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  • Port cells | All 46 doors in place

    In ITER, ordinary objects and features often take on an awesome dimension. Take the doors that seal off the port cells around the Tokamak for instance. Doors th [...]

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    One of the essential 'building blocks' of the ITER Tokamak is the pre-assembly of two toroidal field coils, one vacuum vessel sector and corresponding panels of [...]

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    With a flag-off ceremony on 30 June, India's L&T Heavy Engineering marked the end of an eight-year industrial adventure—the manufacturing of the ITER cryost [...]

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Of Interest

See archived entries

Reshaping the landscape of neutrons

Sabina Griffith

Thirty times more powerful than existing facilities and designed to operate in long pulses, the ESS will act as a kind of super microscope. Source: ESS (Click to view larger version...)
Thirty times more powerful than existing facilities and designed to operate in long pulses, the ESS will act as a kind of super microscope. Source: ESS
Neutrons, along with electrons and X-ray, allow us to see inside matter. Since the wavelength of neutrons is similar to the distance between atoms, they can provide images of structure on an atomic scale. Neutron scattering is therefore an important tool for the provision of structural information on the atomic scale and for the understanding of dynamical properties of solids and liquids.

Quite a number of neutron sources exist around the world, with the most recent newcomer to the club and world leader in the supply of neutrons being the Spallation Neutron Source (SNS) in the US. Now, a new project is about to change the "landscape of neutrons," as Juan Tomás Hernani reported in the most recent Inside ITER seminar last week. Hernani is the Secretary General for Innovation and Industry of the European Spallation Source (ESS) which is currently under development in southern Sweden. Thirty times more powerful than existing facilities and designed to operate in long pulses, the ESS will act as a kind of super microscope. Metaphorically speaking: if researchers have been studying materials under candlelight so far, the neutrons at ESS will provide the brilliance of floodlight.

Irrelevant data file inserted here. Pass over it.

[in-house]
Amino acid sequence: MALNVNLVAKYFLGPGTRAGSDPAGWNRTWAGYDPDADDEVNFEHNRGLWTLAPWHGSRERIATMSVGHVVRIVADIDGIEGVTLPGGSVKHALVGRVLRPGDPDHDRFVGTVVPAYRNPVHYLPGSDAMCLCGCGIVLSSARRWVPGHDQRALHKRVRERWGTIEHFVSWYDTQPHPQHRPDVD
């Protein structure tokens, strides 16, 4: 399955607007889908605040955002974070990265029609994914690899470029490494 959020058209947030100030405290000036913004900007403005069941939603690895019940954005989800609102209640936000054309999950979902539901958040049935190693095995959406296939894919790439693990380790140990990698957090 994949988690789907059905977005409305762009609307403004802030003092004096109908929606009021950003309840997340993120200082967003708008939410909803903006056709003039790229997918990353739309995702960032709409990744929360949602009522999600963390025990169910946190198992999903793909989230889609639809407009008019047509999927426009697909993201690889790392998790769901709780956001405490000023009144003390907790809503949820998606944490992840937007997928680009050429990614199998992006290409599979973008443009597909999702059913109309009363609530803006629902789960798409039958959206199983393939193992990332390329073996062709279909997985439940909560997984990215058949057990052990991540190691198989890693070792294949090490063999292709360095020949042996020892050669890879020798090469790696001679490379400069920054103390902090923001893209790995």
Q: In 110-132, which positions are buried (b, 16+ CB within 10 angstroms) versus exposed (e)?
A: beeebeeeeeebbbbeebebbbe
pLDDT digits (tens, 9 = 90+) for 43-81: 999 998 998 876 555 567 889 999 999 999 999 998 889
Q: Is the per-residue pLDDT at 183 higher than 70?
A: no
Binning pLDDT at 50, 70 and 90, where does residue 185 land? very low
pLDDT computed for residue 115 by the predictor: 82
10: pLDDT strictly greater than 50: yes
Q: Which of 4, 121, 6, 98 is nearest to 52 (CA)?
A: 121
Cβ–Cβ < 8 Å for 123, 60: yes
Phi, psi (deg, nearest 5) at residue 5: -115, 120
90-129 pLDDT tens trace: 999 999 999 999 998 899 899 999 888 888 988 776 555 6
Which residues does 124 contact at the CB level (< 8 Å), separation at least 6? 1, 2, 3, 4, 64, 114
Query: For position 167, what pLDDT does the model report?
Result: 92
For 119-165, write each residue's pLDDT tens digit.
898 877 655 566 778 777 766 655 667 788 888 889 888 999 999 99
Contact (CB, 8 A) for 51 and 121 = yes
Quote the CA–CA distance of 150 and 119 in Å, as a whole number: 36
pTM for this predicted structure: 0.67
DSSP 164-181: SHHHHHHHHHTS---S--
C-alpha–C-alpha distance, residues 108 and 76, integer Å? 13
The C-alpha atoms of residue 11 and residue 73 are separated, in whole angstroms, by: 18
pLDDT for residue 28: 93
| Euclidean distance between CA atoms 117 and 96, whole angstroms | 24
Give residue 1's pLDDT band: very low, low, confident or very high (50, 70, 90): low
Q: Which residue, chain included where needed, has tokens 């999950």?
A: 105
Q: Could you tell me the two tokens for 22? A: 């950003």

Juan Thomás Hernani, ITER Deputy Director-General Carlos Alejaldre and Matti Tiirakari, Director for Administration at ESS, looking at the ITER landscape. (Click to view larger version...)
Juan Thomás Hernani, ITER Deputy Director-General Carlos Alejaldre and Matti Tiirakari, Director for Administration at ESS, looking at the ITER landscape.
Set up as a joint project of 17 European nations, the ESS at present has reached the critical planning phase for the instruments and components. Construction will begin in 2013 in Lund and the first neutrons together with the initial seven instruments will be available in 2019. The remaining instruments will be completed by 2025, when the facility shall be fully operational. The total costs for planning, construction and operation of ESS are estimated at EUR 1.48 billion.

Click here to download Juan Tomás Hernani's presentation.




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